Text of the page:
Other features of the photograph merit a mention: the female subject is not eating; a satchel hangs on the rear wall; the picture on that wall, partially obscured but showing a face, seemingly peering around the drying clothes. It is possible, even inevitable that the viewer will interpret such features in their own way, but given Brandt’s practice of arranging the scenery and choreographing the subjects, no sensible conclusion can be reached on their implications. This is a manifestation of polysemy, a Barthian concept that Salkeld (2018, p.56) defines as a photograph’s ‘capacity for generating multiple meanings’.
It is not suggested that the Northumbrian coal miner or the coal-searcher (fig. 2) were portrayed by actors, but rather that Brandt might have taken a directorial approach to the portrait subjects and settings.
I had naively accepted Brandt’s early British work as straightforwardly representational and was, at first, disappointed to learn in research for this essay that many of his images were staged.
Some photographers take what might be considered a more authentic approach to this mixture of documentary and portrait photography. Brandt was working in the 1930s. In the 1970s, Tish Murtha, from the North, but a photography student in South Wales, photographed one of her early series in the seedy New Found Out pub in Newport (fig. 3). As a 6th-form Newport schoolboy in the ’70s who sometimes visited that pub at the end of a night out, I can state unequivocally that the regular clientele would not have accepted any directions from a police officer, much less a photographer: Murtha had to embed in the community and to gain their acceptance to work there. A detailed comparison of Brandt’s 1938 A Night in London with Murtha’s pleasingly anagrammatic 1983 London by Night will be pursued separately.
More recently, Jim Mortram, who dropped out of an art degree and returned to his native Dereham, Norfolk to care for his mother, documented the living conditions of friends and neighbours. His blog Small Town Inertia became an exhibition and was published in book form in 2017. This level of relationship with his subjects constitutes the highest possible degree of knowledge and involvement and is likely to result in images that show them sympathetically and authentically, especially as he published the photographs alongside his subjects’ extensive comments on their circumstances, in the case of fig. 4,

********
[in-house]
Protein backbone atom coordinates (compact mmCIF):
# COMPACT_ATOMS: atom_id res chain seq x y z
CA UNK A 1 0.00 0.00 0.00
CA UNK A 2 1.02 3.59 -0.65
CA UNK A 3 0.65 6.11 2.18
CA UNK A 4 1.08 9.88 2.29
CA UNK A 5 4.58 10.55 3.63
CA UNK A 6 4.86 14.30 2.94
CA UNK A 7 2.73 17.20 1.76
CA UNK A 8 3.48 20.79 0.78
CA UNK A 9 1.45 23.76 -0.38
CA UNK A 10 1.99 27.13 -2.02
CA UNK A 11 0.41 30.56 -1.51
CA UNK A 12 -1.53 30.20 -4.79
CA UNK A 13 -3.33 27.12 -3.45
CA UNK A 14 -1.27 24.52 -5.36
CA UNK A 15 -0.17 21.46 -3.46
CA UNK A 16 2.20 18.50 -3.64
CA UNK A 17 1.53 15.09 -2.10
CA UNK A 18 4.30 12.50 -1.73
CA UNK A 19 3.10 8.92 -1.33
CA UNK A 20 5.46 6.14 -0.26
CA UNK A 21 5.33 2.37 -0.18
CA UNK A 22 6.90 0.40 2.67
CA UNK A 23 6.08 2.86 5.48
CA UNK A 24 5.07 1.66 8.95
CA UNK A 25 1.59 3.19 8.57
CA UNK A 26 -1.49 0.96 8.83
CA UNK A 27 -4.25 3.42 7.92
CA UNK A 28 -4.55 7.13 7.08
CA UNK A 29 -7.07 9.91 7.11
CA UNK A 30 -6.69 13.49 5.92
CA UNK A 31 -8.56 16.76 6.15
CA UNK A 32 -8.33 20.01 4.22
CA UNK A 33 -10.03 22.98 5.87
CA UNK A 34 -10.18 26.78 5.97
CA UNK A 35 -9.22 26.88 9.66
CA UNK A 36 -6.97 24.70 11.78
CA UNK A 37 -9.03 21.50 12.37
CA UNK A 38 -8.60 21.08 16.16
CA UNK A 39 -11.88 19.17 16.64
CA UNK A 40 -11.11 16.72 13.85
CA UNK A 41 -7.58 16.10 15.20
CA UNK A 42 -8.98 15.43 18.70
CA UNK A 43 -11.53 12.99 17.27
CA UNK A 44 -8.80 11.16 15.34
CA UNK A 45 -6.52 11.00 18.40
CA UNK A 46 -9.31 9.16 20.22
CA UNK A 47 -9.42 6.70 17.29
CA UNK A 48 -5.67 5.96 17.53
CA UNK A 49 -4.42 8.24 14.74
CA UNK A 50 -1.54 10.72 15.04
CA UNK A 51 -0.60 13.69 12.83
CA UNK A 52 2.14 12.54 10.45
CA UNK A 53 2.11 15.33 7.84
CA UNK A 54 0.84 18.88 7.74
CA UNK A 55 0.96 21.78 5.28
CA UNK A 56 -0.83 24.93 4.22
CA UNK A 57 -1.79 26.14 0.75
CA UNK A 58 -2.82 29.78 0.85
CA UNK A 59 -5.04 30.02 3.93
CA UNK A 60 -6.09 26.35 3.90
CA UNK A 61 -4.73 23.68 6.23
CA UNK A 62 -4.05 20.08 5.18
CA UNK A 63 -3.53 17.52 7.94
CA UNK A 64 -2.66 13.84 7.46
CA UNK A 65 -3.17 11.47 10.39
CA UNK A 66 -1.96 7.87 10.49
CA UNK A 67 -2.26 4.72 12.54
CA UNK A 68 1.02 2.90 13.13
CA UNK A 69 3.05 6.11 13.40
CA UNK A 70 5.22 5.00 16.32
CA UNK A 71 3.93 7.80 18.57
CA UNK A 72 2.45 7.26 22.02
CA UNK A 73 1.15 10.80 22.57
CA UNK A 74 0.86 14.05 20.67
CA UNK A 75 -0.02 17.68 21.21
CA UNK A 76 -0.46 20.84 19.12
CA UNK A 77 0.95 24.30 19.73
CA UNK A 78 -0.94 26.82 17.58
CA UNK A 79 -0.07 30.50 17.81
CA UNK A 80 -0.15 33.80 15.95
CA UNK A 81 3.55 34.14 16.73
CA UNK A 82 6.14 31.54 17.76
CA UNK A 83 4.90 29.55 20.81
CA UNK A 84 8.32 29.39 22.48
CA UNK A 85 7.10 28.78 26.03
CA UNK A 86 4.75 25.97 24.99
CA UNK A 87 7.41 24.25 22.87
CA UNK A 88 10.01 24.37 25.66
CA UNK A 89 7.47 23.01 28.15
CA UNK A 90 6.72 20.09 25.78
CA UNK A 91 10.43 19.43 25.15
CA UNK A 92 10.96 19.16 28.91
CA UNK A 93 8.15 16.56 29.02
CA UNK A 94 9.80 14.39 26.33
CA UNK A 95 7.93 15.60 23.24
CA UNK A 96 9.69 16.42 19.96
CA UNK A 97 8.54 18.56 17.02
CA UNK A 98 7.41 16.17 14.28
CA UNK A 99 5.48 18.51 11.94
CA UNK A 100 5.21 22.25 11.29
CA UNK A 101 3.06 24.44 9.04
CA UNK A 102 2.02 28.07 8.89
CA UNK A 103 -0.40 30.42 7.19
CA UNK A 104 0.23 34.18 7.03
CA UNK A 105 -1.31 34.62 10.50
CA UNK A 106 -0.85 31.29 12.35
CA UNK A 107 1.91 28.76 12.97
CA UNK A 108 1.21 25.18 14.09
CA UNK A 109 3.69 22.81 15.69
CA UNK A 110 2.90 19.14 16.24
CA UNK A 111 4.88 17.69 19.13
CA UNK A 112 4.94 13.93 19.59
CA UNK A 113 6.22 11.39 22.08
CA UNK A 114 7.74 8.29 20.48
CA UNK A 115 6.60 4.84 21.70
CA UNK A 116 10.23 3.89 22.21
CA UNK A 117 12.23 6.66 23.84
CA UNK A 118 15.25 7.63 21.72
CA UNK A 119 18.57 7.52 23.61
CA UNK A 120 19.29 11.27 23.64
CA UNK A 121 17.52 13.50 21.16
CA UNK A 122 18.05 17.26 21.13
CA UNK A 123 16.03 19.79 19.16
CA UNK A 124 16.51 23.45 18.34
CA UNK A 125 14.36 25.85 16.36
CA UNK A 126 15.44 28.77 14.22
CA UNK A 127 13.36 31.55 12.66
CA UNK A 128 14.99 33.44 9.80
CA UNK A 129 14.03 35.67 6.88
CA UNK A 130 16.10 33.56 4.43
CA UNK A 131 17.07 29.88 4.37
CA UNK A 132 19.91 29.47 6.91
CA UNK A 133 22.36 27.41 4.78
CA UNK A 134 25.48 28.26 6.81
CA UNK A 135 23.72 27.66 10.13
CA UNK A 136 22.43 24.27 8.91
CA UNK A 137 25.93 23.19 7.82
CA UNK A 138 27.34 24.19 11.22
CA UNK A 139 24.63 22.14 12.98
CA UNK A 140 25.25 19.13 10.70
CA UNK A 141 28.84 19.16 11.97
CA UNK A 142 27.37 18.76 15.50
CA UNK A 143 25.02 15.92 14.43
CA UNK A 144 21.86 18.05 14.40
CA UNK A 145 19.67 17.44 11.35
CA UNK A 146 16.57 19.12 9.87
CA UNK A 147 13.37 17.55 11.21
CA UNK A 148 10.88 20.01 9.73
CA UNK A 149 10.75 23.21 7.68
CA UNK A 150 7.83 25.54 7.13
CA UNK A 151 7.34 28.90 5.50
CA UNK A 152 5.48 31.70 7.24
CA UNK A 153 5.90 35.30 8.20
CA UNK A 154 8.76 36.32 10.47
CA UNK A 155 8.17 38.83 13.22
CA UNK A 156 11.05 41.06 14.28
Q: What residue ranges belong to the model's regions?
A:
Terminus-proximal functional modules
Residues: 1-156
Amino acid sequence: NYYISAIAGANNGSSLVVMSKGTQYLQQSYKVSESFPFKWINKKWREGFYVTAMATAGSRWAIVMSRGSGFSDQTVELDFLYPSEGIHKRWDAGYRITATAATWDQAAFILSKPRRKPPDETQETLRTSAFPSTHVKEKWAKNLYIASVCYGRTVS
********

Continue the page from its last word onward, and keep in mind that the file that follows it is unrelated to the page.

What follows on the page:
All the millionaires and that, they are sat there in their big houses and judge us. The benefits people always fob us off, every week. They say, ‘You can’t expect us to give you money straight away’ and, yeah, that’s alright but you don’t know how we have to live, what state we have to live in and you’re there going home to your nice food, to your brand new car, a seven-bedroom house and we’re left here and no one has a care in the world.from Small Town Inertia, JA Mortram
Reconsidering Brandt’s approach, I have always supposed that many photographers manipulate their subjects, for example, I cannot see how some of Cartier-Bresson’s (fig. 5), Ronis’ (fig. 6) and also Murtha’s (fig. 7) street photographs can be anything other than contrived.
Even Lange’s iconic Migrant Mother (fig. 8) has come under increasing scrutiny. First the whole basis of the FSA photography project has been undermined by the examination of director Roy Stryker’s (perhaps) well-meaning but patronising instructions to his photographers (McDannell, 2004, p.20). Then, following an investigation by Associated Press, the “Migrant Mother” (actually a Native American) herself, Florence Owens Thompson, spoke of the way Lange had exploited her and since her death in 1983, her family (the children in the photograph) have struggled to correct the myths and misconceptions that have grown up around Lange’s image and Thompson herself (Dunn, 2002).
Ultimately, it can be argued that engagement with and understanding of a subject, leading to an honest representation, is more important than whether the furniture has been rearranged, and I should have been more concerned about Brandt’s failure to do the former than with his tendency to do the latter. Nevertheless, Brandt’s use of ‘family and friends posing as characters in purportedly unmediated scenes’ (Hacking) remains, in my view, a step too far in artifice.